BERLIOZ: Symphonie fantastique, Op. 14a – L’Orchestre National de France /Andre Vandernoot – HDTT

by | Jan 21, 2007 | SACD & Other Hi-Res Reviews | 0 comments

BERLIOZ: Symphonie fantastique, Op. 14a – L’Orchestre National de France /Andre Vandernoot – HDTT CD119, 51:50 *****:

Transferred for high definition from a Command Classics 4-track prerecorded tape, this “sleeper” performance from Belgian maestro Andre Vandernoot (1927-1991) is a wake-up call for anyone’s record library. I am reminded of my reaction years ago, watching veteran actor Keye Luke in Woody Allen’s Alice, that there are no necessarily second-rate character actors, merely second-rate roles for them to play; and when given a real opportunity, seasoned talent will rise beyond our expectations. Keye Luke had been forced to play parodies of Chinese sons in Charlie Chan melodramas. In Alice, he turns in a suave performance of seamless agility.

So, too, Vandernoot could boast a mere accompanist’s role in many inscriptions, like those he made with Hungarian piano virtuoso Gyorgy Cziffra. Here, in Berlioz’ egomaniacal declaration of artistic and personal obsession, Vandernoot, like Prometheus Unbound, has a sonic vehicle worthy of his talents. It’s as if we listeners had been installed comfortably (or perhaps jarringly) in the midst of The Orchestra National’s woodwind section, quite close to the brass and battery, and now can experience every fingered note, every roll of the tympani, every blast from the trumpets or piercing cry from the English horn and E-flat clarinet. “Melodies so intense as to defy normal harmonization,” Robert Schumann proclaimed Berlioz’ 1830 piece of demonic possession. Vandernoot and company make us realize every disjointed harmony, every juxtaposition of beauty and spite that run through this epic work, mounted by HDTT in thrilling sonic VistaVision. The brass punctuations at the fugue on the Dies Irae and Black Sabbath figure almost blew my speakers to perdition, and I wouldn’t have it any other way. The tittering woodwinds in the final pages lead right to Richard Strauss and Ein Heldenleben, a performance by–Beecham?–that would make for a spectacularly natural successor to this magnificently wild ride. By the way, HDTT has upgraded its cover art, and now includes liner notes and biographical information on selected artists.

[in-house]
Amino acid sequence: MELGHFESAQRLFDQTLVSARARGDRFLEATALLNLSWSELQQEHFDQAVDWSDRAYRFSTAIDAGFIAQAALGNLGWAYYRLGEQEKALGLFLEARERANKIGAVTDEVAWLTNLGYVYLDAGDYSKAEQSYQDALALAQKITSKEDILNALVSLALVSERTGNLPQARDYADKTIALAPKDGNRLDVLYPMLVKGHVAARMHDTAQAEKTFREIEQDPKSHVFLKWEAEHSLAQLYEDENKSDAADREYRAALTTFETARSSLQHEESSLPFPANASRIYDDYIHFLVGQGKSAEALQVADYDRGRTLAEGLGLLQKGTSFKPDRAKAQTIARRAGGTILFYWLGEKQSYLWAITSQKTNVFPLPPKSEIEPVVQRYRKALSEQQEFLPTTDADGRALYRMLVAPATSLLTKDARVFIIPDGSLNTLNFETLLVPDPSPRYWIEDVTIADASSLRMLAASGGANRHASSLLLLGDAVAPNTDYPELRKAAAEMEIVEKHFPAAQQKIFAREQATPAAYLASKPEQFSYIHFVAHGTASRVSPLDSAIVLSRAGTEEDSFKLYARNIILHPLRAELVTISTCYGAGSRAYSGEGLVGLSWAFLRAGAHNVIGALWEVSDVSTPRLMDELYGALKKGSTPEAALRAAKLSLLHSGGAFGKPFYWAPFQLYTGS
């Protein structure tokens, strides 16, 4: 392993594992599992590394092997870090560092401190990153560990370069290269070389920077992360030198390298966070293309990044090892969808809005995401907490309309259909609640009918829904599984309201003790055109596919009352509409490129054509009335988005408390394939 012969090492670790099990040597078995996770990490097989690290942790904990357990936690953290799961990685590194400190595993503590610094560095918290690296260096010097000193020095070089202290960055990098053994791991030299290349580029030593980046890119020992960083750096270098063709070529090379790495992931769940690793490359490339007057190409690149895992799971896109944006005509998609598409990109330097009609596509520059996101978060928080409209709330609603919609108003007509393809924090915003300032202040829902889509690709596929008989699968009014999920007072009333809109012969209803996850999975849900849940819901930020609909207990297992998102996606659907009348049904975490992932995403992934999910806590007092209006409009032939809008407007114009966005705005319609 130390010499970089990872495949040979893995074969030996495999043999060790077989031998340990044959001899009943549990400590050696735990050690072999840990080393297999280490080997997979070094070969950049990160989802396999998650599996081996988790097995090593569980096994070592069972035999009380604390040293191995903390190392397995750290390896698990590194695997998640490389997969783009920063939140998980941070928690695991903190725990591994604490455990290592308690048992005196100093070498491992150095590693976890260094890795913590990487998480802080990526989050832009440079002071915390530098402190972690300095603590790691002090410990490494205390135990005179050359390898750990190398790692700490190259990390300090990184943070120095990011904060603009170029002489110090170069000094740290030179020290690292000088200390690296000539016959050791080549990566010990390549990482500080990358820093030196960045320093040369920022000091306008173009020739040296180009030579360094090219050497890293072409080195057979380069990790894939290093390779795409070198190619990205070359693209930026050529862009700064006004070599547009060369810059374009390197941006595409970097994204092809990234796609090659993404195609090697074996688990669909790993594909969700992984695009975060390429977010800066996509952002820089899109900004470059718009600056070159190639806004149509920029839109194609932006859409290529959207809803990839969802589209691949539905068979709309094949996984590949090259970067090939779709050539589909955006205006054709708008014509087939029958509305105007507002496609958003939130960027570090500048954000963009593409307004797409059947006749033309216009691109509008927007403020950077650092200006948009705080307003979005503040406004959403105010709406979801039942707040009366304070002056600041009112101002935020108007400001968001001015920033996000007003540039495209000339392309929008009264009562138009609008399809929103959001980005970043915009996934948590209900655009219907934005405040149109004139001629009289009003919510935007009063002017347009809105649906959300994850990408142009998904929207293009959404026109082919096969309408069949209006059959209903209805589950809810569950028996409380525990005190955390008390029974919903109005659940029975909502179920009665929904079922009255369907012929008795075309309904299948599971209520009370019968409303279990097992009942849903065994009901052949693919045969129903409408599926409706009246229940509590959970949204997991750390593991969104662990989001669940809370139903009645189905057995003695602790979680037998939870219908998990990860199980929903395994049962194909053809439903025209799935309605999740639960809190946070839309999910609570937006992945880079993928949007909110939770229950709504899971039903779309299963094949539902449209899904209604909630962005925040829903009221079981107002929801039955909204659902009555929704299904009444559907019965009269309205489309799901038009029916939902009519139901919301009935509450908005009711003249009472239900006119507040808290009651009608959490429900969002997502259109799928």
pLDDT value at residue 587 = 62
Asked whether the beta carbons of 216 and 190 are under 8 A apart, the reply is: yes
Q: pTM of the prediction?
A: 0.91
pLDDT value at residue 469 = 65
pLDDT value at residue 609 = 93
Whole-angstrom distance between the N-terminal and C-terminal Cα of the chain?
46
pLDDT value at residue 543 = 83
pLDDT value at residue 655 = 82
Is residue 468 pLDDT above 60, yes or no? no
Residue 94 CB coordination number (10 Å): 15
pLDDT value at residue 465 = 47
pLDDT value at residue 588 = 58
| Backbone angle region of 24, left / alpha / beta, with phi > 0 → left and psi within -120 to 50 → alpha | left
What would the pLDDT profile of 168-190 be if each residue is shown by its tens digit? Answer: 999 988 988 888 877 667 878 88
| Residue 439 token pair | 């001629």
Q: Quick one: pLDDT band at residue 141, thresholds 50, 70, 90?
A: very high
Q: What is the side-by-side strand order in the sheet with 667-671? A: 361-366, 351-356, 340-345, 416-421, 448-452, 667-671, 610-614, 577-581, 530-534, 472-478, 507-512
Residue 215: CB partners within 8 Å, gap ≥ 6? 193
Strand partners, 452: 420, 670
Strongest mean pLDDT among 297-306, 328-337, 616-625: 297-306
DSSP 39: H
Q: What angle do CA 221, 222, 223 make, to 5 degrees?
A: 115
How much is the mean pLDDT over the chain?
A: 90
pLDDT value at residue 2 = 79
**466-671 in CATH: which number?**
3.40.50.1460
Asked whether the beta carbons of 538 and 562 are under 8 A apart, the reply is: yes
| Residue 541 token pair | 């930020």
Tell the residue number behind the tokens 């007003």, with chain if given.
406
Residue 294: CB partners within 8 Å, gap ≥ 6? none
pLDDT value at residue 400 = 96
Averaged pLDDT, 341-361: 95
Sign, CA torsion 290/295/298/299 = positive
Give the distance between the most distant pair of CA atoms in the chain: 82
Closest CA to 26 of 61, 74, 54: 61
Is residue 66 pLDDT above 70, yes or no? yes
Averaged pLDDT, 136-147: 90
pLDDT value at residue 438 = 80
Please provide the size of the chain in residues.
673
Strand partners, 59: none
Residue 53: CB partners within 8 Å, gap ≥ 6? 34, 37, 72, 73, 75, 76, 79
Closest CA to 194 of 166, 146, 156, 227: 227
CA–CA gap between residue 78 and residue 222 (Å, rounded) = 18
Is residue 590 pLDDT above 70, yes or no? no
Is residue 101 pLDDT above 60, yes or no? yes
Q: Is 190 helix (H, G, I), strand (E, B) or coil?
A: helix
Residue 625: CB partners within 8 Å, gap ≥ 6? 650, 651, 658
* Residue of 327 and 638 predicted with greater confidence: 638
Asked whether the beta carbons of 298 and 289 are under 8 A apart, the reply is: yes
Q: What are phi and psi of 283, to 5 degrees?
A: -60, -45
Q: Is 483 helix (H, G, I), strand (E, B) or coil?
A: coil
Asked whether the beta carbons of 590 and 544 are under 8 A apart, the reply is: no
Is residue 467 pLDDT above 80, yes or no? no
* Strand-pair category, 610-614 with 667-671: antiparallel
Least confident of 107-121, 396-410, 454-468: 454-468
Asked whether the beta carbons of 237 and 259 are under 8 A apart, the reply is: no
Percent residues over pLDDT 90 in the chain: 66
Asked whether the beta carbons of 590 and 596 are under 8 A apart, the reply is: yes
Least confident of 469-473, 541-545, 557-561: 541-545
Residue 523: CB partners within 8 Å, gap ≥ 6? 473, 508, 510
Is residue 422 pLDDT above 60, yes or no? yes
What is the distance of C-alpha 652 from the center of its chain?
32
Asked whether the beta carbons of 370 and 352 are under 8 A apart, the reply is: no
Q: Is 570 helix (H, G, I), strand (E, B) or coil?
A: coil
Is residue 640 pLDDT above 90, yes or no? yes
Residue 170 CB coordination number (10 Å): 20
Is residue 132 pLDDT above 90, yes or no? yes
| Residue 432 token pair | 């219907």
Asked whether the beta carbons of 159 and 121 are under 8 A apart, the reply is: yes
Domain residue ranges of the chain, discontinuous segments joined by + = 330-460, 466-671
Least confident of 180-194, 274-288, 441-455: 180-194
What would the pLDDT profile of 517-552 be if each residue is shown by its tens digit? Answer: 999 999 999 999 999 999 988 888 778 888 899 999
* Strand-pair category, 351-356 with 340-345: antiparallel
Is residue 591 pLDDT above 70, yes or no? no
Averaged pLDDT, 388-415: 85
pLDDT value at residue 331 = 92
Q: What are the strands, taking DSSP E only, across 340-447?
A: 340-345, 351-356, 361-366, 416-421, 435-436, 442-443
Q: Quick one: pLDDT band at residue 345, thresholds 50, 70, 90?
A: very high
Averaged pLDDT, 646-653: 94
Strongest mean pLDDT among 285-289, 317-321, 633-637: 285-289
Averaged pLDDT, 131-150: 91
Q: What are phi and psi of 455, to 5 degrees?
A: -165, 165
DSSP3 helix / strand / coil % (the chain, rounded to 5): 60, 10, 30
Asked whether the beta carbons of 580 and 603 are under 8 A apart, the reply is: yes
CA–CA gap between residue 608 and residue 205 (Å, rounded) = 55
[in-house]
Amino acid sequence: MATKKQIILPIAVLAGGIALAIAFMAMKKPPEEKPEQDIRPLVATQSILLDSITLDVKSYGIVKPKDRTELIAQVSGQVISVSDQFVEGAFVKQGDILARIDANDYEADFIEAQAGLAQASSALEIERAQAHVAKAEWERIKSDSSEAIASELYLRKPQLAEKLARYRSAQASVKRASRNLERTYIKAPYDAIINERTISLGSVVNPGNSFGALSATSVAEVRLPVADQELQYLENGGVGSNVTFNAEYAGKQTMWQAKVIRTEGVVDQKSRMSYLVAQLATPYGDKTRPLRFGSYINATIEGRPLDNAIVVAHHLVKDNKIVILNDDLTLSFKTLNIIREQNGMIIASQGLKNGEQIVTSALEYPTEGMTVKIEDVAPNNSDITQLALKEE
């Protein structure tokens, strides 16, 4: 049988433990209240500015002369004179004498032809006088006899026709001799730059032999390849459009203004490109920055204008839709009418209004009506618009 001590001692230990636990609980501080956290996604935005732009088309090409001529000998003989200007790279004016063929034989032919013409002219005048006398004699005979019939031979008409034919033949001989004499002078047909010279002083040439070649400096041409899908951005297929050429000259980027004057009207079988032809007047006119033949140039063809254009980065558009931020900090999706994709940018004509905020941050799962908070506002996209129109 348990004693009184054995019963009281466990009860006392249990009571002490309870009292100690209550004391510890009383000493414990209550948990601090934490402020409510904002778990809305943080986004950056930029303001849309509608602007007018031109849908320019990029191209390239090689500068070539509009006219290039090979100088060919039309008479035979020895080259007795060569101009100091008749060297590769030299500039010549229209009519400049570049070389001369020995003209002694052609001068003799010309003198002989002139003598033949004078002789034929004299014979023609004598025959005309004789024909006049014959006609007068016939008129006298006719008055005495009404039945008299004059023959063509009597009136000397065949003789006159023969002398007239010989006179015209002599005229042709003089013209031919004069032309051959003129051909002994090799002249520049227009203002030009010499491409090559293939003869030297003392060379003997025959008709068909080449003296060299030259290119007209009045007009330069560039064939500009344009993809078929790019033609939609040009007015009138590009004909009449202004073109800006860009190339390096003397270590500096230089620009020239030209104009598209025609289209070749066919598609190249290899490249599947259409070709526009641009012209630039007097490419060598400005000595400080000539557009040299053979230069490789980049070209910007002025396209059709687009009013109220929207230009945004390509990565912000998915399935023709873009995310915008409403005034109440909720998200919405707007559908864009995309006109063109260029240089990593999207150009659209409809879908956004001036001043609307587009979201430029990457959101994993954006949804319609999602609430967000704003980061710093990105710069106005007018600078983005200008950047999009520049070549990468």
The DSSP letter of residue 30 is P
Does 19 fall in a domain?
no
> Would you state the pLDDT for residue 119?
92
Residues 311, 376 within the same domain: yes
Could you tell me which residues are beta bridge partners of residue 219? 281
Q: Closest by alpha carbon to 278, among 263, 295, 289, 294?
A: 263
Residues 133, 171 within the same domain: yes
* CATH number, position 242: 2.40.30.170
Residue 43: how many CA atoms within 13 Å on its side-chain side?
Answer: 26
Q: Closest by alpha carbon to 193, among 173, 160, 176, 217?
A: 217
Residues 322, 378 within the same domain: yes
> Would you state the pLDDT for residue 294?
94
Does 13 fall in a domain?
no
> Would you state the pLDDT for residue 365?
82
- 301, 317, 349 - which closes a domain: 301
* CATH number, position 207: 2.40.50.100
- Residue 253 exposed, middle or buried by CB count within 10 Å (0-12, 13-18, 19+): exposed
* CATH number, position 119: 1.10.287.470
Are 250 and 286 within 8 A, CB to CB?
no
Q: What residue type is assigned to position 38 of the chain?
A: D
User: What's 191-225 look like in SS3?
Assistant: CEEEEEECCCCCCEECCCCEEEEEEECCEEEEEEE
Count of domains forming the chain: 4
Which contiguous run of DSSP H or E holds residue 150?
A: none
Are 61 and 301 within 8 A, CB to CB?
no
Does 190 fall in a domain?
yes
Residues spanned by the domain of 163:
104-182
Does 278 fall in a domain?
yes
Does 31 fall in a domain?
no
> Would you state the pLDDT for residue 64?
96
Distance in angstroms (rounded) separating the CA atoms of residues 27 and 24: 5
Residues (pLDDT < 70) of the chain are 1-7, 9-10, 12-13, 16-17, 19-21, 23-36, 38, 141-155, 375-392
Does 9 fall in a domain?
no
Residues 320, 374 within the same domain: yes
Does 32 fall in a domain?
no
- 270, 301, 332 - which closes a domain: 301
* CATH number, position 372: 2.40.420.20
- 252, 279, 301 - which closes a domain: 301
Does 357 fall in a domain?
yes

– Gary Lemco

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